Once-bustling retail hub at SF cable car turnaround sits mostly empty 

City pledged $6M to revive Powell Street stretch, where 22 of 33 storefronts are vacant

Once-Bustling SF Cable Car Turnaround Sits Mostly Vacant
Powell Street between Market and Geary streets in San Francisco (Google Maps)

San Francisco tourists who hop on a cable car at the turnaround at Powell and Market streets now see empty storefronts.

The once-bustling gateway is lined by boarded-up stores, with 22 vacancies out of the 33 storefronts on Powell Street, between Market and Geary streets, the San Francisco Chronicle reported.

The three-block corridor once harbored such stores as AT&T, Uniqlo, H&M, Gap, Skechers, Rasputin Records, Lush, Paris Jewelry, Bar Norcini, Blondie’s Pizza, Tad’s Steaks and Marquard’s Smoke Shop. All gone.

A year ago, the city announced a $6 million plan to bring stores back in the wake of soaring office vacancies, street crime and a drop in tourism, with Macy’s expected to close in nearby Union Square next year.

Whether the plan will be enough to beckon businesses back to Powell Street isn’t clear.

Mayor London Breed and Supervisor Aaron Peskin, who represents Union Square and is running to unseat Breed, said the city would spend $4 million of the money on streets and sidewalks.

The cable car turnaround, highlighted in movies and Instagram posts, is where tourists line up to board the Powell Street car to Fisherman’s Wharf.

Julie Taylor, real estate broker with commercial listings on the street, said she was glad to see the city giving Powell Street attention, but that the funding falls far short.

“The work that needs to be physically done takes a couple years and a bigger budget,” Taylor told the Chronicle.“If it takes $1.5 million to build a toilet in Noe Valley, what are we going to do with $4 million over three blocks?”

The city had said that the remaining $2 million would help fill vacant storefronts, promising to spend the money to “incentivize and jumpstart up to 10 new tenancies in storefronts along Powell Street.” 

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The Chronicle reported in October, however, that city officials gave $440,000 to Food Network star Tyler Florence’s planned Union Square cafes, leaving less for other small businesses.

Bringing life back to Powell Street may not be easy. Foot traffic in Downtown was down 32 percent over three and a half months last year compared with the same period in 2019, according to the University of Toronto, which measured cell phone use in the area.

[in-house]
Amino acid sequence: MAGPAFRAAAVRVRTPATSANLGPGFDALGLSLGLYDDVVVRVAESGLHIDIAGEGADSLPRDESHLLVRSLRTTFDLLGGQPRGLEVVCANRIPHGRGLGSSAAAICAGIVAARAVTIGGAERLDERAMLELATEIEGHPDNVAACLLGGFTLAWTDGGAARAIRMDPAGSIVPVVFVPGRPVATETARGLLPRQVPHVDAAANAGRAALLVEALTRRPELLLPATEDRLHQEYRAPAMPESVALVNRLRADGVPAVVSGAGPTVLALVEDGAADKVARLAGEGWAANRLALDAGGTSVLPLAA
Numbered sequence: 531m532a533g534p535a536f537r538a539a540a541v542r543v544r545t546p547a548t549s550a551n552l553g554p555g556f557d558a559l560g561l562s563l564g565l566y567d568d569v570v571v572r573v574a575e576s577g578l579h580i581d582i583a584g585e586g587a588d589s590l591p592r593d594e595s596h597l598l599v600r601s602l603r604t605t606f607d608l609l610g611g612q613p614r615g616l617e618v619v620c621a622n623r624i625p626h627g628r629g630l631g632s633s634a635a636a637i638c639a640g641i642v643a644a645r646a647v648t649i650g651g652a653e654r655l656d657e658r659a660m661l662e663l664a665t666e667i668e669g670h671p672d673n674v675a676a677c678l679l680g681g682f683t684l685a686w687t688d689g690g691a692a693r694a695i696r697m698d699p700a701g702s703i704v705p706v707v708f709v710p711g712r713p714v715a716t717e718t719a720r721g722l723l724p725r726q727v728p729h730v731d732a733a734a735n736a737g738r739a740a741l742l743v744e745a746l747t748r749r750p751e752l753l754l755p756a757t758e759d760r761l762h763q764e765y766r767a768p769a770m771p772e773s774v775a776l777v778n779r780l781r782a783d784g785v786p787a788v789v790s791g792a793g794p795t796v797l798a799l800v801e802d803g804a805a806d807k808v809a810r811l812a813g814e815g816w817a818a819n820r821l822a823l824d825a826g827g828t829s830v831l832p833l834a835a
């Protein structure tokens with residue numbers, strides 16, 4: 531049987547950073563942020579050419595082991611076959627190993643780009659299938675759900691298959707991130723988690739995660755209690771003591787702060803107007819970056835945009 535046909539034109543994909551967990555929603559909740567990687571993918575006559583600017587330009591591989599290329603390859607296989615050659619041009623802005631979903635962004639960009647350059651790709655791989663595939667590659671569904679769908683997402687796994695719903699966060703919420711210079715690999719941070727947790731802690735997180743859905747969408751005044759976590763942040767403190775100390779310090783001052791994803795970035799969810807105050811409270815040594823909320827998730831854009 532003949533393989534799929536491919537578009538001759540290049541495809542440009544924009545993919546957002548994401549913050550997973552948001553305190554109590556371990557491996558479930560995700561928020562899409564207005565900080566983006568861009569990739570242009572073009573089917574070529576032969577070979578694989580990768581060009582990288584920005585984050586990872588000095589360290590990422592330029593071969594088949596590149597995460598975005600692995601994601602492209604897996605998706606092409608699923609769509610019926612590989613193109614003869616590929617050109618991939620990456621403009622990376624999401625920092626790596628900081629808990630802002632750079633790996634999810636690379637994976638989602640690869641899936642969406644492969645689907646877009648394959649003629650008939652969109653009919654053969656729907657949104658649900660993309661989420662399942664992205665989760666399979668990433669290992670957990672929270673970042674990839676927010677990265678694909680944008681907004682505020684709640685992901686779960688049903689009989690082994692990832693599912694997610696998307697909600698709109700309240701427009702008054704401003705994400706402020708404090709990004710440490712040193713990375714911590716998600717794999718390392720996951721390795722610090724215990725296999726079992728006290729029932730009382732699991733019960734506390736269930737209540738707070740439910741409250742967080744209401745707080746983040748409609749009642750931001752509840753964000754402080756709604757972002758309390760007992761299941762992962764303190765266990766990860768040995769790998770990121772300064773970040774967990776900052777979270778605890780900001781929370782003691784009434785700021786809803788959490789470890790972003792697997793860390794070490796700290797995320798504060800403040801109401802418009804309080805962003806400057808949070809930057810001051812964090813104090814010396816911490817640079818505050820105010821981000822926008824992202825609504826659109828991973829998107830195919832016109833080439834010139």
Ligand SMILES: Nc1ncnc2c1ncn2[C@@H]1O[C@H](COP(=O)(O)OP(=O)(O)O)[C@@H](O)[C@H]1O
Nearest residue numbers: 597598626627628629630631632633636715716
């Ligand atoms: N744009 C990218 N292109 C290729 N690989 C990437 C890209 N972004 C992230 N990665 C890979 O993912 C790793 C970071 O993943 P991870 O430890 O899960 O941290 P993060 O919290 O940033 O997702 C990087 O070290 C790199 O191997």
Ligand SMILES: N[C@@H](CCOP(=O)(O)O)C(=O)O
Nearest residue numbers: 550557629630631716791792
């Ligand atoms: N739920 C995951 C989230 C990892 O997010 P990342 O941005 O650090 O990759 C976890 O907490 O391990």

Two of the three storefronts in the historic Flood Building sit empty. Karin Flood, whose family has owned the building for two generations, saw Gap close its 45,000-square-foot store in 2020. Whichever tenant rents it would have to spend money to build it out, she said.

Flood said one way to help Powell Street would be to reopen Market Street to cars. Its closure to private vehicles, she said, has “disconnected” the neighborhood from the rest of the city. She also said the city needs to clamp down on “illegal vendors,” remove trees lining the first block of Powell and toss out empty newsracks on the street.

“All the elements are there for a vibrant corridor, we just need to declutter,” Flood told the Chronicle.

Morgan said tenants are still interested in Powell Street, particularly non-luxury retailers who want smaller spaces. But filling bigger stores will be key to retail revival, because large tenants help bring shoppers to the street.

Peskin said there is no “silver bullet” to revive the area. He suggests a tax proposal he launched with Breed that would exempt more small businesses. He also said landlords should accept lower rents.

“There are landlords who are (trying to charge) some of the highest rents in America on Powell Street,” Peskin told the Chronicle. “They’re going to have to lower their expectations.”

— Dana Bartholomew

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(Photo Illustration by The Real Deal with Getty)
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